At least two more NFL players joined San Francisco 49ers quarterback Colin Kaepernick in refusing to stand for the national anthem during games this week.
Fellow 49ers teammate Eric Reid, who plays safety, also refused to stand for the anthem during Thursday’s game against the San Diego Chargers, according to ESPN.
Both Kaepernick and Reid took a knee as the “The Star Spangled Banner” played. ESPN suggested that taking a knee rather than remaining seated, as Kaepernick had done at a previous game, may have been a compromise Kaepernick made to show respect to those who have been offended by his protest. The decision to kneel came after Kaepernick met with Reid and Nate Boyer, a former Army Green Beret and NFL long-snapper hopeful, for roughly 90 minutes at the hotel the 49ers stayed at for Thursday’s game, according to ESPN.
A third player, Seattle Seahawks corner back Jeremy Lane, also refused to stand during the national anthem before Thursday night’s game against the Oakland Raiders, according to USA Today.
Monday The Hill reported that Philadelphia Eagles linebacker Myke Tavarres had changed his mind about joining Kaepernick in protesting the anthem after his agent advised him against it.
— The Young Turks (@TheYoungTurks) September 2, 2016
Kaepernick first protested the national anthem during an August 26 game against the Green Bay Packers.
“I am not going to stand up to show pride in a flag for a country that oppresses black people and people of color,” Kaepernick told NFL Media in an exclusive interview after the game. “To me, this is bigger than football and it would be selfish on my part to look the other way. There are bodies in the street and people getting paid leave and getting away with murder.”
Kaepernick’s protest met with a mixed response from commentators, fans, and athletes. Many accused him of being unpatriotic or anti-American. At least one fan burned a Kaepernick jersey.
Reuters published a roundup of current and former NFL players’ responses to the incident. Pittsburgh Steelers wide receiver Hines Ward, New Orleans’ Saints quarterback Drew Brees, and Jerry Rice, a Pro Football Hall of Famer who won three Super Bowl championships playing for the 49ers, all criticized Kaepernick or questioned his “method” of protest.
“If you want to make a point or take a stand, go straight after the root of that cause,” Ward said in an Instagram post typical of the backlash against Kaepernick. “Don’t disrespect the whole country or the organization that’s paying you millions of dollars.”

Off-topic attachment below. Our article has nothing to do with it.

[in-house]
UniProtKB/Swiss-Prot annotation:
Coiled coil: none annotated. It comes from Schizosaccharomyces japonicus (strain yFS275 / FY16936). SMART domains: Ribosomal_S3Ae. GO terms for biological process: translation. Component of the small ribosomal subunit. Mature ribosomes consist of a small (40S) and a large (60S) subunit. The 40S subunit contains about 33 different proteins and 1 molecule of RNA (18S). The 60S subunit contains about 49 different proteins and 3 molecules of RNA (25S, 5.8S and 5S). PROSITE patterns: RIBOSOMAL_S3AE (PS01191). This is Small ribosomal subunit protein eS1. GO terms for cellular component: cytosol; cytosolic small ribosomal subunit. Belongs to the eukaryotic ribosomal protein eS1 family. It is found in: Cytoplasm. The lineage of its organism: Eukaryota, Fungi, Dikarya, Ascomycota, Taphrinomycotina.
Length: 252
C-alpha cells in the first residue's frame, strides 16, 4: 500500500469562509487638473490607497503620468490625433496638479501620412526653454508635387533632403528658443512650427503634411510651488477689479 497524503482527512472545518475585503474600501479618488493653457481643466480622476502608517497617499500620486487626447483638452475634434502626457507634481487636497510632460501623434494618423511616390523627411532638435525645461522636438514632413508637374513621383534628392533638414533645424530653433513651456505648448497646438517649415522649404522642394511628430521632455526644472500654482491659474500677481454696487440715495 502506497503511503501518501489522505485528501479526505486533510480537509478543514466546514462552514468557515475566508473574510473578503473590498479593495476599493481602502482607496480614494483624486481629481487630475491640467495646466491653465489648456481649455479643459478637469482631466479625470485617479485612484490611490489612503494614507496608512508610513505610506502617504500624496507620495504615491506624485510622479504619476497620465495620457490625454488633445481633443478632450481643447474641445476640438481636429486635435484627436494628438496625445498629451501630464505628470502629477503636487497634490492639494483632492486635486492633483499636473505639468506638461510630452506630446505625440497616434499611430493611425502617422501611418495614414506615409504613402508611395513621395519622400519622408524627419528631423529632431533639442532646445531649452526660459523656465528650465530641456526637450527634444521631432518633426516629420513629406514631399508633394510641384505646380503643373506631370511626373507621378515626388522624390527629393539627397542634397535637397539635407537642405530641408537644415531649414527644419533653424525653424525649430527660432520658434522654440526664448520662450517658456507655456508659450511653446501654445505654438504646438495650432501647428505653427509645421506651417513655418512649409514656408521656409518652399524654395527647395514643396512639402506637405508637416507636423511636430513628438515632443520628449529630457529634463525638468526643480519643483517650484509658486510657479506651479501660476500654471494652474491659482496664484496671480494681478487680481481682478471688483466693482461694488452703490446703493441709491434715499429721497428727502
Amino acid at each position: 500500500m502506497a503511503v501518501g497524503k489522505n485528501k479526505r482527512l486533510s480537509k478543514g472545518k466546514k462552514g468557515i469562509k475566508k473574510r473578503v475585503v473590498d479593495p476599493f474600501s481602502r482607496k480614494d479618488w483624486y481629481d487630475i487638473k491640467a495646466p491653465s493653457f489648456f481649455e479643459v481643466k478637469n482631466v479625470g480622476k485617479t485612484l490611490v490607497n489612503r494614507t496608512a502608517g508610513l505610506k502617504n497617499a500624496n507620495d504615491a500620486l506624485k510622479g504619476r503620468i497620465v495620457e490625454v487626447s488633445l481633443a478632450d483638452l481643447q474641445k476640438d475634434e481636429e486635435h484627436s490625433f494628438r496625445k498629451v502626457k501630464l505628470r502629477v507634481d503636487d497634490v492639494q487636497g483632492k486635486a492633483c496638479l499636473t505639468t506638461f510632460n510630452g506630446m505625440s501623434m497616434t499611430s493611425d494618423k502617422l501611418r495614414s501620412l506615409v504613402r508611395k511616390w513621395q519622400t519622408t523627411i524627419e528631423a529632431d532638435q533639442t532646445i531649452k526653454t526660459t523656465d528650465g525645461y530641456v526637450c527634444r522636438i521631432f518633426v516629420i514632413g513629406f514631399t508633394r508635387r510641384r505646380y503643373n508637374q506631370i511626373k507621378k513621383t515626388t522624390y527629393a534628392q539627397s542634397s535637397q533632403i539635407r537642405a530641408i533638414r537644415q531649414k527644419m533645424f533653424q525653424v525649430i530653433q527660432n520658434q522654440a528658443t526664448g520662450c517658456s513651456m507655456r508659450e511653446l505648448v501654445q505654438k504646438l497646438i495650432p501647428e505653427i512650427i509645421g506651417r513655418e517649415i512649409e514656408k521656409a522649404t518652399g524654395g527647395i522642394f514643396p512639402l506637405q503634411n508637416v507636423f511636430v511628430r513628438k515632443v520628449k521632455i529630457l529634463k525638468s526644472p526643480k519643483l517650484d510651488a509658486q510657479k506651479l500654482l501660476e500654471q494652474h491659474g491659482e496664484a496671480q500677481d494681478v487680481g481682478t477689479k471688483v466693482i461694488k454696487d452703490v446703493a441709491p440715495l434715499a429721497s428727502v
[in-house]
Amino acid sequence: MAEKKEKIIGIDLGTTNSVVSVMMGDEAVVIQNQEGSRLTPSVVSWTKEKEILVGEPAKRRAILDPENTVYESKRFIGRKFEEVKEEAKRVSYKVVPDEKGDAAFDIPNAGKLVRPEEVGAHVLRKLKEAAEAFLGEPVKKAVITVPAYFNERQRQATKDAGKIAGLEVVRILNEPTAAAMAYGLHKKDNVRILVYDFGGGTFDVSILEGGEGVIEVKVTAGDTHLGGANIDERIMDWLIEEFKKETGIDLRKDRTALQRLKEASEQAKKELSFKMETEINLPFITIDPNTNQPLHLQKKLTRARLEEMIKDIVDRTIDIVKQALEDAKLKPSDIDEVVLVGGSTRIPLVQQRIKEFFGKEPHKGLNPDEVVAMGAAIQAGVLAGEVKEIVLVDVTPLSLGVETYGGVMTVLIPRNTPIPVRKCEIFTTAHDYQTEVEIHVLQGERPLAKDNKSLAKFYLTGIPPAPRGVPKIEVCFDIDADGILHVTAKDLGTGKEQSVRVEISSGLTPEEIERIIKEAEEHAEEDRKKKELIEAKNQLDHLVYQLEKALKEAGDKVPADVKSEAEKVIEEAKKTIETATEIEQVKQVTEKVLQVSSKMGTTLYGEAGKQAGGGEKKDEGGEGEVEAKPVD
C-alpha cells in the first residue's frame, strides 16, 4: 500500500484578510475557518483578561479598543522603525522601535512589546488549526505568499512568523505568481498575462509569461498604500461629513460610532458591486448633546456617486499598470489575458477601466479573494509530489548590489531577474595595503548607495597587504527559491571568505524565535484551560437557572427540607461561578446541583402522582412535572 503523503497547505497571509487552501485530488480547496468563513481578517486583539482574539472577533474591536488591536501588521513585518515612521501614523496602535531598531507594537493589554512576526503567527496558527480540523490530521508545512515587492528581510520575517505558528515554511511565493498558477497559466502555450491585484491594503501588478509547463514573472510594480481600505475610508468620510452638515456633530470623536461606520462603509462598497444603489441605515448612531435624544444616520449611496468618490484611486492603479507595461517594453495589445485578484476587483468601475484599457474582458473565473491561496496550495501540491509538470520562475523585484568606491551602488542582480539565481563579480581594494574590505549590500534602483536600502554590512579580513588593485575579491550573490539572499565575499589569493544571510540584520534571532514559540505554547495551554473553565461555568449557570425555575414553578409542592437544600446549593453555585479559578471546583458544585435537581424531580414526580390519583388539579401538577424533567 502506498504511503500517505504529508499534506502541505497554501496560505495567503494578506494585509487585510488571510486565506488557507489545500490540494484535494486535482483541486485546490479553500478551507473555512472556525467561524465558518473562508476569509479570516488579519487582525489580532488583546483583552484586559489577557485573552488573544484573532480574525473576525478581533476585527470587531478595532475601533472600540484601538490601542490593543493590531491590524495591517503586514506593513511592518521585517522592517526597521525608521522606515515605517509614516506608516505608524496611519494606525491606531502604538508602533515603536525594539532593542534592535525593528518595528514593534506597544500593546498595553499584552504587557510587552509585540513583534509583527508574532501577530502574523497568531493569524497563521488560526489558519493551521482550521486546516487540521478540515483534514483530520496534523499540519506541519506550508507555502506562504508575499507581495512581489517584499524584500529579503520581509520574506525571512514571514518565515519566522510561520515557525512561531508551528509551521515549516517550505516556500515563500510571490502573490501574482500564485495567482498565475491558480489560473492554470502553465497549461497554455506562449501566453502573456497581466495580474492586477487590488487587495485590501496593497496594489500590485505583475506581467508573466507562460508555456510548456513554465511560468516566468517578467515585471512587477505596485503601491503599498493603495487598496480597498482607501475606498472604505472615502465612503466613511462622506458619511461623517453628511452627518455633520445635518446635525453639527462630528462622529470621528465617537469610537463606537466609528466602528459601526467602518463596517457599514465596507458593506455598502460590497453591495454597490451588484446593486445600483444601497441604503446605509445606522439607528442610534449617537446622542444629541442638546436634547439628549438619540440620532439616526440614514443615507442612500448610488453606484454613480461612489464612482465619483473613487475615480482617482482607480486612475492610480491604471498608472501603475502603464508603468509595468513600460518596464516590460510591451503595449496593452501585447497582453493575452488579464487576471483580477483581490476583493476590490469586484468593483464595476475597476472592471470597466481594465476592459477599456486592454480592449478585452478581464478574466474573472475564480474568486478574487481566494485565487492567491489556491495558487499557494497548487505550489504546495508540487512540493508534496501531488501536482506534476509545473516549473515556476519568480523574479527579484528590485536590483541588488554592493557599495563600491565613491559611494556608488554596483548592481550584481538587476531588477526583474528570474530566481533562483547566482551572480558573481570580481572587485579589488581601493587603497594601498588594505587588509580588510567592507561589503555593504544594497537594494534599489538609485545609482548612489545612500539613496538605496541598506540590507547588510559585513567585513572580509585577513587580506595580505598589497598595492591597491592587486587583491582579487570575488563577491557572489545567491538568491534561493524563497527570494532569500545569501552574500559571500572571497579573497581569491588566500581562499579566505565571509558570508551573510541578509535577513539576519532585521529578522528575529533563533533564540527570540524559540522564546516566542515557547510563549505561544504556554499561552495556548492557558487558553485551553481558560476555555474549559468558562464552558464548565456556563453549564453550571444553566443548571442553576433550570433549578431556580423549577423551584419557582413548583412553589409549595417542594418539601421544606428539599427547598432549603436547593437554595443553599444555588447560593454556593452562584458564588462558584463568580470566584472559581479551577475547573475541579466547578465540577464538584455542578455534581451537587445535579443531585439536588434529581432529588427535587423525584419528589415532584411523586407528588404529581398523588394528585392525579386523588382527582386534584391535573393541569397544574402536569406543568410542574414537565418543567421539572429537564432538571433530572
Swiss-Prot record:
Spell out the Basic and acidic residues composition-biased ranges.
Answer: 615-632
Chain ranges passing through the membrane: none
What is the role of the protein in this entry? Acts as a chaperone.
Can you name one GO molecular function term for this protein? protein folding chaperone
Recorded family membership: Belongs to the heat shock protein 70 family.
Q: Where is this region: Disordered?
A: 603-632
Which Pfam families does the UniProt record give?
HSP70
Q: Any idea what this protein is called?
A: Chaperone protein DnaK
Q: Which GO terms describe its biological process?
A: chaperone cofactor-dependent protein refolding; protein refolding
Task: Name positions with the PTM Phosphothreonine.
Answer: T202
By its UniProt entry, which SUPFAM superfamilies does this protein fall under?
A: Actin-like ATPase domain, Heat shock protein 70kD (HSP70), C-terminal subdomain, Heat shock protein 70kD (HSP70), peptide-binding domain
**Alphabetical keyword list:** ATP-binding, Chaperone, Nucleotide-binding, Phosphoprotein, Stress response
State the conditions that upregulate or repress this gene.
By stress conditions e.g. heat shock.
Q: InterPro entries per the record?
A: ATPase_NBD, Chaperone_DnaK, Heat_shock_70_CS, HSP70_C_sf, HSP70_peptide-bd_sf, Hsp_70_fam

Kaepernick Once Again Takes a Stand – By Sitting Down https://t.co/jGRqp6hDXM
— Ring of Fire Radio (@ringoffireradio) September 2, 2016
However, not everyone has been critical of Kaepernick.
“I think Pandora’s box is open,” NFL Hall of Famer Jim Brown said on NFL Total Access.“I’m very happy that it is.”
He added that he supports Kaepernick’s stance, according to Reuters.
NBA legend Kareem Abdul-Jabbar also fully endorsed Kaepernick’s protest in a Washington Post editorial titled “Insulting Colin Kaepernick says more about our patriotism than his.”
“Patriotism isn’t just getting teary-eyed on the Fourth of July or choked up at war memorials. It’s supporting what the Fourth of July celebrates and what those war memorials commemorate: the U.S. Constitution’s insistence that all people should have the same rights and opportunities and that it is the obligation of the government to make that happen. When the government fails in those obligations, it is the responsibility of patriots to speak up and remind them of their duty.”
Kaepernick has repeatedly insisted that his protest is absolutely not unpatriotic or anti-American.
“Once again, I’m not anti-American,” ESPN quoted Kaepernick as saying Thursday night.
“I love America. I love people. That’s why I’m doing this. I want to help make America better. I think having these conversations helps everybody have a better understanding of where everybody is coming from.”
After being loudly booed by fans at Thursday’s game Kaepernick pledged to donate $1 million to groups affected by the racial inequality and police brutality he hopes to spotlight with his protests, according to a separate report from USA Today.
The NFL and the 49ers have remained neutral for the most part, saying that while players are encouraged to stand for the anthem there is no actual policy that requires them to do so.
“It’s a totally individual decision,” Seahawks coach Pete Carroll said after Lane refused to stand, according to USA Today. “I’m proud of the progress we’re making in the conversation.”
Lane made it clear that his support for Kaepernick and protesting the issues he is raising was not a one time thing.
“It’s something I plan to keep on doing until justice is being served,” USA Today quoted Lane as telling reporters after the game.
[Photo by Harry How/Getty Image]